Starting from the widespread current use of Copernicus derived products for the Arctic in relation to the environmental, maritime and geopolitical aspects, the future holds even more opportunities, especially considering that three of the Copernicus Sentinel Expansion Missions with launch readiness foreseen for 2027 and 2028 will be directly related to this region: CRISTAL, CIMR and ROSE-L. These missions will address users’ needs that have been highlighted in the consultation process co-led by the Joint Research Centre (JRC) and DG DEFIS, particularly within the Polar Expert Groups, that ultimately led to their development.  CRISTAL is the Copernicus Polar Ice and Snow Topography mission that, thanks to its dual-frequency radar altimeter and microwave radiometer, will measure sea-ice thickness, overlying snow depth, and changes in the height of ice sheets and glaciers, supporting environmental observations and maritime operations in polar oceans.  The Copernicus Imaging Microwave Radiometer (CIMR) will uniquely observe a wide range of geophysical parameters in the cryosphere, ocean, land, and atmosphere to address the needs of Copernicus services for improved spatial resolution data on Sea Ice Concentration, Sea Ice Extent, Sea Surface Temperature, Salinity, and Sea Ice Drift, contributing primarily to environmental monitoring, but also to maritime operations. CIMR may also play a role in the monitoring of permafrost thawing by deriving land surface temperature, soil moisture, and the freeze/thaw state of soil.  The L-Band Synthetic Aperture Radar (ROSE-L) mission focus will be instead to provide further information on Arctic vegetation, complementing the information provided by Sentinel 1, to support forest management, improve monitoring of the terrestrial carbon cycle and carbon accounting, and provide information aimed at increasing food security in the Arctic. ROSE-L will also collect data on soil moisture, sea ice, icebergs, land ice, and snow, and will provide capacity for monitoring vessel movements, oil spills, and fisheries. In addition, this mission is also expected to offer data on vertical ground motion, and thus might provide information on the state of permafrost.  The three other Sentinel Expansion Missions can also be relevant for observing parameters in the Arctic. These missions are Copernicus Anthropogenic CO2 Monitoring (CO2M), Copernicus Land Surface Temperature Monitoring (LSTM), and Copernicus Hyperspectral Imaging Mission for the Environment (CHIME).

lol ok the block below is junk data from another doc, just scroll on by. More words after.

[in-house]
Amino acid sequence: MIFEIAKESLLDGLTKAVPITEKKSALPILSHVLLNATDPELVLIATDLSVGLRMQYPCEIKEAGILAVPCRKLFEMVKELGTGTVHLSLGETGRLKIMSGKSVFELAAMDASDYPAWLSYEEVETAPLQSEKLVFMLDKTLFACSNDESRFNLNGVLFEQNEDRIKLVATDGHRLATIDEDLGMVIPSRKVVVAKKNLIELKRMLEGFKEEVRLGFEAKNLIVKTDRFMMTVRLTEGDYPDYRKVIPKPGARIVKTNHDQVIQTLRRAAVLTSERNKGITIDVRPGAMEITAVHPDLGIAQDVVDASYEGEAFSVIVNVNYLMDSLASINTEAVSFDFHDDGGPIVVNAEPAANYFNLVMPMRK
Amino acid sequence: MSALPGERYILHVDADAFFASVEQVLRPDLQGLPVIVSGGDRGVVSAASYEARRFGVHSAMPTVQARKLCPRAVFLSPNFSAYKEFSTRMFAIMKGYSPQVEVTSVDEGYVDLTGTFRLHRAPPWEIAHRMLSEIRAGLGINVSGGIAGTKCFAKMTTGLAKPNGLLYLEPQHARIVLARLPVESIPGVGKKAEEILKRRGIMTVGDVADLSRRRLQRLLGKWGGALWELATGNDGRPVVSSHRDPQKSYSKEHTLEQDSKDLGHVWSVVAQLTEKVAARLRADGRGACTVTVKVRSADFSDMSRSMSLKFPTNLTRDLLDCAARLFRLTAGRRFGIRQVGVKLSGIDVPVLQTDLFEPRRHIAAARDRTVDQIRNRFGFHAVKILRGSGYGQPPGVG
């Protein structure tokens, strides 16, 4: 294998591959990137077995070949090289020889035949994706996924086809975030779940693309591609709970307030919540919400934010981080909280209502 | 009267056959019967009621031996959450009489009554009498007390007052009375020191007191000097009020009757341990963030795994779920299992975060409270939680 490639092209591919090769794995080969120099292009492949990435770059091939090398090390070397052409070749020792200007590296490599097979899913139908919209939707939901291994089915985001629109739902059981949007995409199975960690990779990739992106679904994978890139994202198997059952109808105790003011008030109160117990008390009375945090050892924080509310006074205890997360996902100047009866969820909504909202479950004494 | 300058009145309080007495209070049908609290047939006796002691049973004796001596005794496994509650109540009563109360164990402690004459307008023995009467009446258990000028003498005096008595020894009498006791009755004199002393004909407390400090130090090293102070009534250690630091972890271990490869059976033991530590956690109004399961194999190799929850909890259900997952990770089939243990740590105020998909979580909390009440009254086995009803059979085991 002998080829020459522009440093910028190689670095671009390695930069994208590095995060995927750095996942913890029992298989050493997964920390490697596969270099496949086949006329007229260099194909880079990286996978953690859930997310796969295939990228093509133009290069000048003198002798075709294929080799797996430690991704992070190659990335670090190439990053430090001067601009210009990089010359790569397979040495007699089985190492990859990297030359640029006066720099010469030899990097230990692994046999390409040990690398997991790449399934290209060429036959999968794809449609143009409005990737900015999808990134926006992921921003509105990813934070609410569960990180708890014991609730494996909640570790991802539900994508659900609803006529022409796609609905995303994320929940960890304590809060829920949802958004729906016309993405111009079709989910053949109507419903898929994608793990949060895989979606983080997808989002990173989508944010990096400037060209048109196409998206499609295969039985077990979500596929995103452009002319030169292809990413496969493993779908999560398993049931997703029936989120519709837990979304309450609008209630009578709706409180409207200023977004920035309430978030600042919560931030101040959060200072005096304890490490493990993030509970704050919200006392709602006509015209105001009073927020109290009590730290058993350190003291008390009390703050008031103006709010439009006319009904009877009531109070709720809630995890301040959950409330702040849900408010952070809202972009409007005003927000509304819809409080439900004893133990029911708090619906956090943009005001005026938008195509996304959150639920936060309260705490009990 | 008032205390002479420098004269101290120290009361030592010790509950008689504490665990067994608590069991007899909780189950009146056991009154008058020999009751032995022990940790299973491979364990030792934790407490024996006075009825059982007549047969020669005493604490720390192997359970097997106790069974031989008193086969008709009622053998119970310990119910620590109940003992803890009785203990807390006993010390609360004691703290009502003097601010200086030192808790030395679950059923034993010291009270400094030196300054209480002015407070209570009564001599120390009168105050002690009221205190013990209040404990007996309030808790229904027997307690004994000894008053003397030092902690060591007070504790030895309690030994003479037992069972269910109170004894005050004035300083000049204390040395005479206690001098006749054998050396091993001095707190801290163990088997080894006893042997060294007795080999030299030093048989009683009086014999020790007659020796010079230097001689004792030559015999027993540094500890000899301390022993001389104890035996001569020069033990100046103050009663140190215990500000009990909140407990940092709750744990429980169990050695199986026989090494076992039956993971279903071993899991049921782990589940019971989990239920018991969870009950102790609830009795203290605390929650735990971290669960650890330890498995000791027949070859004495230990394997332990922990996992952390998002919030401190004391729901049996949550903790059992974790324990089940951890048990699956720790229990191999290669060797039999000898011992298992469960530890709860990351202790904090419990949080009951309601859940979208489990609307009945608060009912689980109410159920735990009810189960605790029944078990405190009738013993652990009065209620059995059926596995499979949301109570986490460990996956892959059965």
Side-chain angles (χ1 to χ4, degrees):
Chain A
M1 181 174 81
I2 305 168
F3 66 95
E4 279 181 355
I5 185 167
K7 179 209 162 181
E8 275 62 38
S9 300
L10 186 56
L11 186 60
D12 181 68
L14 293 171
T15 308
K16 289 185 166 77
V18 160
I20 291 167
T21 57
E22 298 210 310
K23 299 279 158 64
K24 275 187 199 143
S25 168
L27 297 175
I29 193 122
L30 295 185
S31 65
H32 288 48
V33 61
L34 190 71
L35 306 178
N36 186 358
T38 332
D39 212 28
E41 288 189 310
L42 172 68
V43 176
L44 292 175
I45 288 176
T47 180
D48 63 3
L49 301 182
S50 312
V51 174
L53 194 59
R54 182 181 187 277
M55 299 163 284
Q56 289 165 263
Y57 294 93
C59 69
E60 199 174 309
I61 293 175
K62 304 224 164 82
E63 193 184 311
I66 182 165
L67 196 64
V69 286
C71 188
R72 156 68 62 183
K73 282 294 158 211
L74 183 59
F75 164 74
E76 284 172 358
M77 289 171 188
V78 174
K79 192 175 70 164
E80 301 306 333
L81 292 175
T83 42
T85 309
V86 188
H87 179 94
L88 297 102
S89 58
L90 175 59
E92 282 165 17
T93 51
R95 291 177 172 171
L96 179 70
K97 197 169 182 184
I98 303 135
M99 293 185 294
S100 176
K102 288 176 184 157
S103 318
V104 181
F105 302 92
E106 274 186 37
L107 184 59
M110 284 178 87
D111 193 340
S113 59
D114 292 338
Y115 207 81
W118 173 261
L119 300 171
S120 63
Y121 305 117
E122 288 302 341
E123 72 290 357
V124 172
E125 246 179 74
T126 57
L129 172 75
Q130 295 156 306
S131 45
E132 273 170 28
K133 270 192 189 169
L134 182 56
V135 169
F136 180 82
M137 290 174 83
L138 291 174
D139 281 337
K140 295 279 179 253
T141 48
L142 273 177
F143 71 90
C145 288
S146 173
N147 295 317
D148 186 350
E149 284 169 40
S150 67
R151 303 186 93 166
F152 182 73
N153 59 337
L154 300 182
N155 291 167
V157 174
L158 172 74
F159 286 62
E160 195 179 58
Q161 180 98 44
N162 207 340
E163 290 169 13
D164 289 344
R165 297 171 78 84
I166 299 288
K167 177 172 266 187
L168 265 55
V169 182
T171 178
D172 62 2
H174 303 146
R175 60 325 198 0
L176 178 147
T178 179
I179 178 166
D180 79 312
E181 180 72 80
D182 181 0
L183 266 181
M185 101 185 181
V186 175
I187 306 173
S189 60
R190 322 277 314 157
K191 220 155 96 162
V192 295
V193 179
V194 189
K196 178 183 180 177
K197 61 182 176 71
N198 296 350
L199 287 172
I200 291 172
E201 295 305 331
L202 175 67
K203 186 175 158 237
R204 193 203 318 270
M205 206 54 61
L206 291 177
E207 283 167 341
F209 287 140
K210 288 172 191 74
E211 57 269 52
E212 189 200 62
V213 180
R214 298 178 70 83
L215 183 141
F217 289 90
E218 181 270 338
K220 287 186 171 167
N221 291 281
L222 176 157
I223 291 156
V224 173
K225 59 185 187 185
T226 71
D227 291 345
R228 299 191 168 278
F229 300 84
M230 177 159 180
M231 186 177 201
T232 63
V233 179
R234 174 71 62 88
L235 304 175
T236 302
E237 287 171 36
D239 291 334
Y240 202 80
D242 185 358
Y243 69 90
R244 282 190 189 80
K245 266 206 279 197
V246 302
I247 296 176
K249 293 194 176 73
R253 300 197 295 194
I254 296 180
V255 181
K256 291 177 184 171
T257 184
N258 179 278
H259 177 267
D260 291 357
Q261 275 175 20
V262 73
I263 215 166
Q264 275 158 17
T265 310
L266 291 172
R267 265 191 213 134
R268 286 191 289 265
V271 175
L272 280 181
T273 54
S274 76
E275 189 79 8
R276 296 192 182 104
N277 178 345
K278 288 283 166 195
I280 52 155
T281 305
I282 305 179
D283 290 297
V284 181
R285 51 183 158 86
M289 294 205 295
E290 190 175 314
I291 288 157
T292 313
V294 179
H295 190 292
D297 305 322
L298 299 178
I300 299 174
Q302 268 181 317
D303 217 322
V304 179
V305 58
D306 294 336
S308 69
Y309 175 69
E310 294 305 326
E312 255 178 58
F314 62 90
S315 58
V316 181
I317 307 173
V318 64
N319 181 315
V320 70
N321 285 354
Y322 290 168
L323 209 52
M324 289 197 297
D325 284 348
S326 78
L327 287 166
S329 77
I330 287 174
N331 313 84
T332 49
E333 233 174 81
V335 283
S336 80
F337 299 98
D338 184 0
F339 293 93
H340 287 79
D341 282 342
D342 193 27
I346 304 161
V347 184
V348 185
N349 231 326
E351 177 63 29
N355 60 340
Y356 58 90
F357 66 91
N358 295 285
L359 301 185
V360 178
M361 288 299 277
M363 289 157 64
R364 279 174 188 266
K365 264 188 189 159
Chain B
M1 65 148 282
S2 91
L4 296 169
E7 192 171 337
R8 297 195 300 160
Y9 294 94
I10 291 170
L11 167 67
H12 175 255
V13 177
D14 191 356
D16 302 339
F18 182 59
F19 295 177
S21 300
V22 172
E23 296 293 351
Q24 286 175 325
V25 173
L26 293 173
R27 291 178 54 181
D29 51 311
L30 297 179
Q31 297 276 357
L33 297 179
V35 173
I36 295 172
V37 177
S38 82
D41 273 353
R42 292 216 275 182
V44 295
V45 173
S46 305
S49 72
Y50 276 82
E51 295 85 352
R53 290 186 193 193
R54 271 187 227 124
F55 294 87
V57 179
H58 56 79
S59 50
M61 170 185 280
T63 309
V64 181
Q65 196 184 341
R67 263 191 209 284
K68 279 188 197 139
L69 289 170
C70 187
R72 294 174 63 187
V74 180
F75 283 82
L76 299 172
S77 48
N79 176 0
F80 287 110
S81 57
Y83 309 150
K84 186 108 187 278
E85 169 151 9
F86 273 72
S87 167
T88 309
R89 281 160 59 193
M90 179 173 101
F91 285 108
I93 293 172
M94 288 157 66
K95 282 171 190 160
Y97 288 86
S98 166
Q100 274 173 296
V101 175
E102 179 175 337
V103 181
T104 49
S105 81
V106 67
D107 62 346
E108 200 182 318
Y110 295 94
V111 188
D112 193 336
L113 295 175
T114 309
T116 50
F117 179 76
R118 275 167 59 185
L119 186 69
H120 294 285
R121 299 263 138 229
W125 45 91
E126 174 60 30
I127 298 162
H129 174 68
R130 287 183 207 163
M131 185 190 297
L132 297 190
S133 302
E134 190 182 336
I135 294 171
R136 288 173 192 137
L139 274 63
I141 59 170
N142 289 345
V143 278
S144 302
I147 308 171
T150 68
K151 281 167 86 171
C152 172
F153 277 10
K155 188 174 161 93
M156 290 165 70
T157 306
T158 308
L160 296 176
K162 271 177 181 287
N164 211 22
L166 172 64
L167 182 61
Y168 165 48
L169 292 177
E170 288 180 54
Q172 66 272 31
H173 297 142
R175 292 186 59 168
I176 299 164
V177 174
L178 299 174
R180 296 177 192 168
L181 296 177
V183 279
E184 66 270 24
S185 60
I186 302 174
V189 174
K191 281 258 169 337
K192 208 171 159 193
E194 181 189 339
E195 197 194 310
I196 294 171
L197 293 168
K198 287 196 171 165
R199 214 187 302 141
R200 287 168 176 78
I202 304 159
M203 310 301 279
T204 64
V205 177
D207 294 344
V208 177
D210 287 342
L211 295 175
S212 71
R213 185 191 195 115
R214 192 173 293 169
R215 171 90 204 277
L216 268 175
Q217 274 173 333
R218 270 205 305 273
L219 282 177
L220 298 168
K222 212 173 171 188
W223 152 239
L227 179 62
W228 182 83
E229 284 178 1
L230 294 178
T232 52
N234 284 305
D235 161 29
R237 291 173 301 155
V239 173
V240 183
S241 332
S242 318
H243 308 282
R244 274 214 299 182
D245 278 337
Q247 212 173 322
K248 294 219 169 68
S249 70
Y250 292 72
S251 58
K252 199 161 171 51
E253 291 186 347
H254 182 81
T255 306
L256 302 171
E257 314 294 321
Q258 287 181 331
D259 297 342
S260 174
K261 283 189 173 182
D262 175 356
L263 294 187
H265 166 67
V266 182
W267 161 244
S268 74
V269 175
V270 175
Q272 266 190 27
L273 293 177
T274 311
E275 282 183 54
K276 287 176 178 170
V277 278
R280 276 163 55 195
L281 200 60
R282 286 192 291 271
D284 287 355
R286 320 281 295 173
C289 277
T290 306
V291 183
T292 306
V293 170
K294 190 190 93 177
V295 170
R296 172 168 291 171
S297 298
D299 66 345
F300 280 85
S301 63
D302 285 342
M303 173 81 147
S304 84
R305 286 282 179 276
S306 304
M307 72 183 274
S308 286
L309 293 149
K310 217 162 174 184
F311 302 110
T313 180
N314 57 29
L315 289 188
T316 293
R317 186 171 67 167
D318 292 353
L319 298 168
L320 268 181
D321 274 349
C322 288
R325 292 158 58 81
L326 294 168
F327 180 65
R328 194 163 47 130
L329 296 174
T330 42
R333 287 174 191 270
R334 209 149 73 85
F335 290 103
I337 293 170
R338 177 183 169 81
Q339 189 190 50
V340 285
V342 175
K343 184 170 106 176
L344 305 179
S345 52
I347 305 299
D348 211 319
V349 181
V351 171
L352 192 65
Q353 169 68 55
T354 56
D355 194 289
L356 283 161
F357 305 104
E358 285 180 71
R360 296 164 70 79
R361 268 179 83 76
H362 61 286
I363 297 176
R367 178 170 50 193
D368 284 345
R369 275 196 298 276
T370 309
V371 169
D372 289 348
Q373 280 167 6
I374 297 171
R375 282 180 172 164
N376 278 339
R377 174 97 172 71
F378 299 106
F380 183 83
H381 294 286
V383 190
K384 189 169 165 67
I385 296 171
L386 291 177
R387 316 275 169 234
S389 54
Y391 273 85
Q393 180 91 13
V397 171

Figure 2. New missions for the Arctic